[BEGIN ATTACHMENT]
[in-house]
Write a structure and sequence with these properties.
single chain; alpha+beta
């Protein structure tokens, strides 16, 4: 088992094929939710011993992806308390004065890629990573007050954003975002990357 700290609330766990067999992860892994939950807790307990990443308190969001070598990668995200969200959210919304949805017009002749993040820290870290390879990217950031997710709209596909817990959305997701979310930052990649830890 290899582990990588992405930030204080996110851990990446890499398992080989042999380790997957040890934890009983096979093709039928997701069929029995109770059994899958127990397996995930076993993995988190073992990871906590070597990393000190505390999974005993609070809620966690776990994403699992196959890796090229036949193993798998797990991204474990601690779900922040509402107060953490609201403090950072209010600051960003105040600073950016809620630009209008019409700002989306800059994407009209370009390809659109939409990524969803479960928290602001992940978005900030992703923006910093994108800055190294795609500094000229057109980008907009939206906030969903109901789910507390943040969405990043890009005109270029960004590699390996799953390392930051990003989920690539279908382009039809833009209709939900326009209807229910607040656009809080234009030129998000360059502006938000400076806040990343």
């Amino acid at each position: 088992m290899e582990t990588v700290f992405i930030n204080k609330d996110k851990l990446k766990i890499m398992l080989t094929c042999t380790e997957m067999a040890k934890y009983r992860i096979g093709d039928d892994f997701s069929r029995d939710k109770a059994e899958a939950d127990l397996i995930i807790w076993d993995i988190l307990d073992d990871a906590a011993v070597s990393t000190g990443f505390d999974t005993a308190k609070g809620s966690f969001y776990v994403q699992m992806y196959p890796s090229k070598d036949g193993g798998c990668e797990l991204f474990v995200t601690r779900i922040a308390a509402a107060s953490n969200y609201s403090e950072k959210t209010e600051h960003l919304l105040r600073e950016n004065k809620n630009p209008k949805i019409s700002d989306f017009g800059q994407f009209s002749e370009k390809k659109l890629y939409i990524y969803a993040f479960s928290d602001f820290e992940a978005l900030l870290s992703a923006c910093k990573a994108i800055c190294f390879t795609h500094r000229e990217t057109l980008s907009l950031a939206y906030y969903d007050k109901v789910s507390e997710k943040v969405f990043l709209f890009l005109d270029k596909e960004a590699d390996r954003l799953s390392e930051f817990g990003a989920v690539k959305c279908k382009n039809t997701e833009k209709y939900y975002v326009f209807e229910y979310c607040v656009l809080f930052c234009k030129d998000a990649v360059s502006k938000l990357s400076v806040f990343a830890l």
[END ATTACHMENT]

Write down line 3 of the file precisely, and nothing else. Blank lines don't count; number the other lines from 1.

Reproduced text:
single chain; alpha+beta